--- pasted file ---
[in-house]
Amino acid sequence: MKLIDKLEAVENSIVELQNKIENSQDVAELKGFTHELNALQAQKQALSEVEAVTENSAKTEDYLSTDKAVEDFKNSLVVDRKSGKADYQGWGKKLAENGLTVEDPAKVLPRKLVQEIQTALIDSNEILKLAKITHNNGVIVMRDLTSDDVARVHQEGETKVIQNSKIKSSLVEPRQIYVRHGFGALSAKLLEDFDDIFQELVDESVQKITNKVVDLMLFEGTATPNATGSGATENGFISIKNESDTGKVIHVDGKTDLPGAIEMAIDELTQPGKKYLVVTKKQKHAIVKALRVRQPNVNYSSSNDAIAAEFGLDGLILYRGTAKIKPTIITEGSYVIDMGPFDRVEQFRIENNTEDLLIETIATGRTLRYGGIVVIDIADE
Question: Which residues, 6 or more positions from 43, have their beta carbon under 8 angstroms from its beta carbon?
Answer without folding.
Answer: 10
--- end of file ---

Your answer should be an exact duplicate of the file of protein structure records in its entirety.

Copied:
[in-house]
Amino acid sequence: MKLIDKLEAVENSIVELQNKIENSQDVAELKGFTHELNALQAQKQALSEVEAVTENSAKTEDYLSTDKAVEDFKNSLVVDRKSGKADYQGWGKKLAENGLTVEDPAKVLPRKLVQEIQTALIDSNEILKLAKITHNNGVIVMRDLTSDDVARVHQEGETKVIQNSKIKSSLVEPRQIYVRHGFGALSAKLLEDFDDIFQELVDESVQKITNKVVDLMLFEGTATPNATGSGATENGFISIKNESDTGKVIHVDGKTDLPGAIEMAIDELTQPGKKYLVVTKKQKHAIVKALRVRQPNVNYSSSNDAIAAEFGLDGLILYRGTAKIKPTIITEGSYVIDMGPFDRVEQFRIENNTEDLLIETIATGRTLRYGGIVVIDIADE
Question: Which residues, 6 or more positions from 43, have their beta carbon under 8 angstroms from its beta carbon?
Answer without folding.
Answer: 10